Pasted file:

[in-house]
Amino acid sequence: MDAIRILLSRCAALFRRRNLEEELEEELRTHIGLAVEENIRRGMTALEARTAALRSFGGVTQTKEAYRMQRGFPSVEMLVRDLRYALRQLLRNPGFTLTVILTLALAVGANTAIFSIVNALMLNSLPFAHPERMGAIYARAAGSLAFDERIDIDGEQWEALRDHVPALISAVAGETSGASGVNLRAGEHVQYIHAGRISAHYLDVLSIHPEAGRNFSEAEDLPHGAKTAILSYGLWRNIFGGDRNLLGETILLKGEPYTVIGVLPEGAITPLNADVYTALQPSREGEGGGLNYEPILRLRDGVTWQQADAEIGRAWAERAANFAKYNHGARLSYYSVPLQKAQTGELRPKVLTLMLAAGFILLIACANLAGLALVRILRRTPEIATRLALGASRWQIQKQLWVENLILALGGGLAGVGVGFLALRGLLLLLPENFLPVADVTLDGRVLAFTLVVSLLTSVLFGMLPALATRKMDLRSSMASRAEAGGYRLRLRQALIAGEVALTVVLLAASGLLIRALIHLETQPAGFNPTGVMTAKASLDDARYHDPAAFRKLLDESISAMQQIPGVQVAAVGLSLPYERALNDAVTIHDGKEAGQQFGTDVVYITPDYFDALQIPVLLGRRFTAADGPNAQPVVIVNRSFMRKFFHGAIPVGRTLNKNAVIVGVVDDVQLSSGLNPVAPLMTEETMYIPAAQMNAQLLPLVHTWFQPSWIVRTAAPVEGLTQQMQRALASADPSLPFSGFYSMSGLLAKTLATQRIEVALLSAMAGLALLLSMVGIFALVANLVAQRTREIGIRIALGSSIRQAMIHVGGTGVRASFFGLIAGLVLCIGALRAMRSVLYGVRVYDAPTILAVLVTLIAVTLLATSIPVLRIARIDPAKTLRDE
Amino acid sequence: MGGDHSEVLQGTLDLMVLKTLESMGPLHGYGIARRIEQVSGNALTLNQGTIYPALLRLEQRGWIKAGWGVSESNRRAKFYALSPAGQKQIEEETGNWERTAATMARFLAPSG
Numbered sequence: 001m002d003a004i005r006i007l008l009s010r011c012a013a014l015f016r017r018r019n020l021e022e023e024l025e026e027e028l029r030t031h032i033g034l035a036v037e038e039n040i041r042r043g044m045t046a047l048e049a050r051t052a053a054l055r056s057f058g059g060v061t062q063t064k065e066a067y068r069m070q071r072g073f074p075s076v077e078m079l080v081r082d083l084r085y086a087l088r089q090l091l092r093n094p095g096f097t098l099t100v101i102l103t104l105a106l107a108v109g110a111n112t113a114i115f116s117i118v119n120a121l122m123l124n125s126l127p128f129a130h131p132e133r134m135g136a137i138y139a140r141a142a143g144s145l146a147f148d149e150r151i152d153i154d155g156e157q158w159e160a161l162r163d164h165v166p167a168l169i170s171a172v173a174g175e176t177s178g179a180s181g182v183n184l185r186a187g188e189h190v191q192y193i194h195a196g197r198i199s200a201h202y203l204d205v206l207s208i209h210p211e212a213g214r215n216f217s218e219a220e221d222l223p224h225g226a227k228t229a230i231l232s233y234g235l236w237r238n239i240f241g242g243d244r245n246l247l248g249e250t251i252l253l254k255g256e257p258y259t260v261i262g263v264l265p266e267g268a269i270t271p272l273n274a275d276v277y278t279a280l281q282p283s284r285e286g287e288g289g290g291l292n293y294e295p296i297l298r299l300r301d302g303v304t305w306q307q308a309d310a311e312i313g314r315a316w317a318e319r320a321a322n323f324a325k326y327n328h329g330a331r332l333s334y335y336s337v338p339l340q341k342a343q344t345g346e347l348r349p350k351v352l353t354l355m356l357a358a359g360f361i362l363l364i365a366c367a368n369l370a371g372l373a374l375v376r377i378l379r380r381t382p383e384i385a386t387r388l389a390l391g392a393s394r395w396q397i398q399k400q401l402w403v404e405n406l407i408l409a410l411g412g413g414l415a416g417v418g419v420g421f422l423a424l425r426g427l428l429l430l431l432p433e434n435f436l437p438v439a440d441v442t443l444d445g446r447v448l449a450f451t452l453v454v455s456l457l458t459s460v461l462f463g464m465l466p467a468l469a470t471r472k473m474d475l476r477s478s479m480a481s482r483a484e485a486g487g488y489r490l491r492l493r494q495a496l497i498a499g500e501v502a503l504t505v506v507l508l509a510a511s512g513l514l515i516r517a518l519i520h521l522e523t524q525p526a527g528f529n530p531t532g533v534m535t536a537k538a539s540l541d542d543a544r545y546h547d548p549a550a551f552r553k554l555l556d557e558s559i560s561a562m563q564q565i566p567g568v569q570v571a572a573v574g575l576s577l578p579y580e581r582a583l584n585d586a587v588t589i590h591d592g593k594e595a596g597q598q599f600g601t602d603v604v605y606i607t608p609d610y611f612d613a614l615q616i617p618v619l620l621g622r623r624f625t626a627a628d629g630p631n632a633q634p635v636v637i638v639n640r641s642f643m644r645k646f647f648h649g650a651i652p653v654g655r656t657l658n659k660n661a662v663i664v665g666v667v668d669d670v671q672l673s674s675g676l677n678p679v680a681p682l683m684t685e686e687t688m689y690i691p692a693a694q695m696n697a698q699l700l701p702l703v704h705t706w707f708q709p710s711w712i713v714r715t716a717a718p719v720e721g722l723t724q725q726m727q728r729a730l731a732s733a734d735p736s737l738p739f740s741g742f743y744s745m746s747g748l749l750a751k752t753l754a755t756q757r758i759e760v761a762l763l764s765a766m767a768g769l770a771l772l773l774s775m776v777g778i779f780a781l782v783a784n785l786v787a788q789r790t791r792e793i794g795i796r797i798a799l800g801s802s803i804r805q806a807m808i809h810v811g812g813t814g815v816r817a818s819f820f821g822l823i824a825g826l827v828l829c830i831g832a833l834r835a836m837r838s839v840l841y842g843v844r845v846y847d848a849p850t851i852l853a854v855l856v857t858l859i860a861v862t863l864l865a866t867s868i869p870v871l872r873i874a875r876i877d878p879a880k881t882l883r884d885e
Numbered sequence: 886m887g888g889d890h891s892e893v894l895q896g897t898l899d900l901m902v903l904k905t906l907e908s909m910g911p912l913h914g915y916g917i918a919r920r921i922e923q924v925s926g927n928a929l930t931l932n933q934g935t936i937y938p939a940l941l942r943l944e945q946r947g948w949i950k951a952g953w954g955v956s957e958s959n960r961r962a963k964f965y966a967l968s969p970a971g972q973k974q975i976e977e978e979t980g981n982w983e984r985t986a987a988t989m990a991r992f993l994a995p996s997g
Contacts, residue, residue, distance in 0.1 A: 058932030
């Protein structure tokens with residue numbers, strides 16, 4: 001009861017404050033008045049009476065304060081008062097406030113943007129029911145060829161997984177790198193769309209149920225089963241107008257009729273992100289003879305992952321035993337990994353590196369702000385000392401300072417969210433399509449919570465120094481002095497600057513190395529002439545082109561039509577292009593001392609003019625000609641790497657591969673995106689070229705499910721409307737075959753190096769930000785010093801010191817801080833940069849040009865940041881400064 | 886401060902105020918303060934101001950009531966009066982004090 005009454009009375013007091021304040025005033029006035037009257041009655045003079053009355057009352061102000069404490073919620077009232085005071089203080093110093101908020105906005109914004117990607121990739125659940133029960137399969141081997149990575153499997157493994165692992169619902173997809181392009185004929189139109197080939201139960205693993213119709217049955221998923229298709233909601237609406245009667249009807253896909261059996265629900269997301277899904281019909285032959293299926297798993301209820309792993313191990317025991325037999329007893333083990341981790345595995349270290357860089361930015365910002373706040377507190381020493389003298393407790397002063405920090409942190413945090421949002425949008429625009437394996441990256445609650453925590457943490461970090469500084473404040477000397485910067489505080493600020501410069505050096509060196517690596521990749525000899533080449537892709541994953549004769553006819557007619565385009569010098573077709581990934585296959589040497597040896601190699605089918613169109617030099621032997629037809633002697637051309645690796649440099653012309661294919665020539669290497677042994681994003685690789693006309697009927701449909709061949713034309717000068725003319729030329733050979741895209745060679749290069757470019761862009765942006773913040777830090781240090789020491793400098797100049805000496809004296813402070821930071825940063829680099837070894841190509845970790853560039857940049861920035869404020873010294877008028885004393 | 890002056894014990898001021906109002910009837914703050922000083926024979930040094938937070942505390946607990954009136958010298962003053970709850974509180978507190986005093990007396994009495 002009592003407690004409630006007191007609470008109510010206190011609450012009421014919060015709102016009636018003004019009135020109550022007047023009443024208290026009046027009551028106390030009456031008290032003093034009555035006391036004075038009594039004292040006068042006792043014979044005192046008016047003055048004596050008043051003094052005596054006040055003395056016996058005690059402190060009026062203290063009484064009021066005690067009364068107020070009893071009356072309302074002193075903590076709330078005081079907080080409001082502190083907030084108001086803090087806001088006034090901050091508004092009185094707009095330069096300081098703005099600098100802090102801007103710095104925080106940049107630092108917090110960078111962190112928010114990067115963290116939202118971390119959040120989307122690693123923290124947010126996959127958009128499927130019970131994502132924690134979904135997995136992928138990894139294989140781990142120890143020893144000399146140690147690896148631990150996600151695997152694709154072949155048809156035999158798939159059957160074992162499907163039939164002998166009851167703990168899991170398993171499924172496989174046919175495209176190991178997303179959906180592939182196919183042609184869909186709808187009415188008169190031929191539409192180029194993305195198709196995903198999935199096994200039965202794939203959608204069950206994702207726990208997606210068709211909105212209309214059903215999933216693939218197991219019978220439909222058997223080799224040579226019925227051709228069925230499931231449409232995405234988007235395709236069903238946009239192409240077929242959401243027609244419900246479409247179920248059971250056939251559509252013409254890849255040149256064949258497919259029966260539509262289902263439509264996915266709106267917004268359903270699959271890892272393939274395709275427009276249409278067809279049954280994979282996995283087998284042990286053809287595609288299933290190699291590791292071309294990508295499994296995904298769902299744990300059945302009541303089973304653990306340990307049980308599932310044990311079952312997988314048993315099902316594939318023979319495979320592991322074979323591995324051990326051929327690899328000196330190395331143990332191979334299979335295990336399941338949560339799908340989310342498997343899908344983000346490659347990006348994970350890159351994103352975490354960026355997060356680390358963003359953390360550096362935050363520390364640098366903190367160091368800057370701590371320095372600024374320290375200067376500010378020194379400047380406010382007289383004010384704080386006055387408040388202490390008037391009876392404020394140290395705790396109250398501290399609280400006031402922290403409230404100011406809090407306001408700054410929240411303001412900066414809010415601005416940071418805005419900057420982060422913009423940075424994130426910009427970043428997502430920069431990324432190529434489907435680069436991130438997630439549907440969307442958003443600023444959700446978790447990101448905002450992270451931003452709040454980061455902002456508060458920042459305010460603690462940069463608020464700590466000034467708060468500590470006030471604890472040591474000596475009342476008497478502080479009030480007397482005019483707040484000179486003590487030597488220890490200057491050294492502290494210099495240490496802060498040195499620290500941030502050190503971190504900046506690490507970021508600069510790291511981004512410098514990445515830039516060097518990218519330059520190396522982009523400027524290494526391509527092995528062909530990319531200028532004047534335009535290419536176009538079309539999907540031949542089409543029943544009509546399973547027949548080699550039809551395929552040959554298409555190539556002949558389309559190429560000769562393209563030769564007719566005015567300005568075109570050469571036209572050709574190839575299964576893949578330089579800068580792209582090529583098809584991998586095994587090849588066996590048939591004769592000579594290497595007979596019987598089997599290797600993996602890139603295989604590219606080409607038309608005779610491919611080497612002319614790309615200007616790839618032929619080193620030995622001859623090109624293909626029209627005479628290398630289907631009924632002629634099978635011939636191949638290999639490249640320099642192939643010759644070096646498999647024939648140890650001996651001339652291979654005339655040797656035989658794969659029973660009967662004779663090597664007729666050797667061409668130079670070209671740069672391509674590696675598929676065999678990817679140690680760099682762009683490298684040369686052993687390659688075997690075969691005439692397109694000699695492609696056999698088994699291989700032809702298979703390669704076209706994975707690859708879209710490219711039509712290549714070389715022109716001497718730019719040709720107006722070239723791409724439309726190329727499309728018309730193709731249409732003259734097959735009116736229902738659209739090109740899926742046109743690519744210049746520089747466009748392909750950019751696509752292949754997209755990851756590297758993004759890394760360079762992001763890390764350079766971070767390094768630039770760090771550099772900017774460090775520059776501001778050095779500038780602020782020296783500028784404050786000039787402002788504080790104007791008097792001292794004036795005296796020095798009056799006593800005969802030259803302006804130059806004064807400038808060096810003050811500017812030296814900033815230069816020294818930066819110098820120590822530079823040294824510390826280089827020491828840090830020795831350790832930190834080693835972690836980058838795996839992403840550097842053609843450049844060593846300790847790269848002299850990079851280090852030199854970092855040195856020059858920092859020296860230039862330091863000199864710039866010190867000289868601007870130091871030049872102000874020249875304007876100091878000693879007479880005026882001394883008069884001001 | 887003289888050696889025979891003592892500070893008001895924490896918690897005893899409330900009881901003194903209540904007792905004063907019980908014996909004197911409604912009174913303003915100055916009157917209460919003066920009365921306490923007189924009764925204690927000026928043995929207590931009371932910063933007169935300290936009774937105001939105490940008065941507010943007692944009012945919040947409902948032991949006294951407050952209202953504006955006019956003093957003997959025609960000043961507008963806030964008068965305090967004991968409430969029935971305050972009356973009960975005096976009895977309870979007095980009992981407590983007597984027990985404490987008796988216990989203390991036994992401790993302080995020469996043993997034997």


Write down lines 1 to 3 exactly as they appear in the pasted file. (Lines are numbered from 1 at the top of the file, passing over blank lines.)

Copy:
[in-house]
Amino acid sequence: MDAIRILLSRCAALFRRRNLEEELEEELRTHIGLAVEENIRRGMTALEARTAALRSFGGVTQTKEAYRMQRGFPSVEMLVRDLRYALRQLLRNPGFTLTVILTLALAVGANTAIFSIVNALMLNSLPFAHPERMGAIYARAAGSLAFDERIDIDGEQWEALRDHVPALISAVAGETSGASGVNLRAGEHVQYIHAGRISAHYLDVLSIHPEAGRNFSEAEDLPHGAKTAILSYGLWRNIFGGDRNLLGETILLKGEPYTVIGVLPEGAITPLNADVYTALQPSREGEGGGLNYEPILRLRDGVTWQQADAEIGRAWAERAANFAKYNHGARLSYYSVPLQKAQTGELRPKVLTLMLAAGFILLIACANLAGLALVRILRRTPEIATRLALGASRWQIQKQLWVENLILALGGGLAGVGVGFLALRGLLLLLPENFLPVADVTLDGRVLAFTLVVSLLTSVLFGMLPALATRKMDLRSSMASRAEAGGYRLRLRQALIAGEVALTVVLLAASGLLIRALIHLETQPAGFNPTGVMTAKASLDDARYHDPAAFRKLLDESISAMQQIPGVQVAAVGLSLPYERALNDAVTIHDGKEAGQQFGTDVVYITPDYFDALQIPVLLGRRFTAADGPNAQPVVIVNRSFMRKFFHGAIPVGRTLNKNAVIVGVVDDVQLSSGLNPVAPLMTEETMYIPAAQMNAQLLPLVHTWFQPSWIVRTAAPVEGLTQQMQRALASADPSLPFSGFYSMSGLLAKTLATQRIEVALLSAMAGLALLLSMVGIFALVANLVAQRTREIGIRIALGSSIRQAMIHVGGTGVRASFFGLIAGLVLCIGALRAMRSVLYGVRVYDAPTILAVLVTLIAVTLLATSIPVLRIARIDPAKTLRDE
Amino acid sequence: MGGDHSEVLQGTLDLMVLKTLESMGPLHGYGIARRIEQVSGNALTLNQGTIYPALLRLEQRGWIKAGWGVSESNRRAKFYALSPAGQKQIEEETGNWERTAATMARFLAPSG